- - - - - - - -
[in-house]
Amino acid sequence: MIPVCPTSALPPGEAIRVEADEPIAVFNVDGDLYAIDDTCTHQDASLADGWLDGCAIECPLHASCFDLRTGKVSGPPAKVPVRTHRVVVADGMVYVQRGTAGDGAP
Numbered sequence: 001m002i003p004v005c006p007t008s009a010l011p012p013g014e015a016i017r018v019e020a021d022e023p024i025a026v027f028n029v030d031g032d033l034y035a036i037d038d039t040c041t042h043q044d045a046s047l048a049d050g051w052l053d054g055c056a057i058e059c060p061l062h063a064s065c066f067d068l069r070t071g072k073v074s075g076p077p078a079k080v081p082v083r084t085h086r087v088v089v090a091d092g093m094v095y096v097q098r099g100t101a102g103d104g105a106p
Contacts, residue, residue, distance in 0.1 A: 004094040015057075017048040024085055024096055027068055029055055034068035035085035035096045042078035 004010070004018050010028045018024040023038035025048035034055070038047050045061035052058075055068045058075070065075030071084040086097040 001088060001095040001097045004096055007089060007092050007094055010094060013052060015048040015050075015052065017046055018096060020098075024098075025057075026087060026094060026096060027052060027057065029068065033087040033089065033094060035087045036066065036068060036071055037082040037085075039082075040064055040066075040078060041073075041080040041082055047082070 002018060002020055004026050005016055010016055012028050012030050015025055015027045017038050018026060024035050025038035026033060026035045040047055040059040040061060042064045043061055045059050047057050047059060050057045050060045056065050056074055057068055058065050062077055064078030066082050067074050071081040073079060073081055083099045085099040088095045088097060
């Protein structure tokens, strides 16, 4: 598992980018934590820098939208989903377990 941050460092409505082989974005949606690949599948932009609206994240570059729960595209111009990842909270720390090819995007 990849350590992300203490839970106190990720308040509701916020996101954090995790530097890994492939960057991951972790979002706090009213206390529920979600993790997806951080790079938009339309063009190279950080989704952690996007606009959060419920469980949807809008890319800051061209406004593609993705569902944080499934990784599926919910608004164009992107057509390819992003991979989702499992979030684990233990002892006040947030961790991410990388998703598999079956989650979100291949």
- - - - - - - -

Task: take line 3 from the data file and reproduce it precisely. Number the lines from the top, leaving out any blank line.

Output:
Numbered sequence: 001m002i003p004v005c006p007t008s009a010l011p012p013g014e015a016i017r018v019e020a021d022e023p024i025a026v027f028n029v030d031g032d033l034y035a036i037d038d039t040c041t042h043q044d045a046s047l048a049d050g051w052l053d054g055c056a057i058e059c060p061l062h063a064s065c066f067d068l069r070t071g072k073v074s075g076p077p078a079k080v081p082v083r084t085h086r087v088v089v090a091d092g093m094v095y096v097q098r099g100t101a102g103d104g105a106p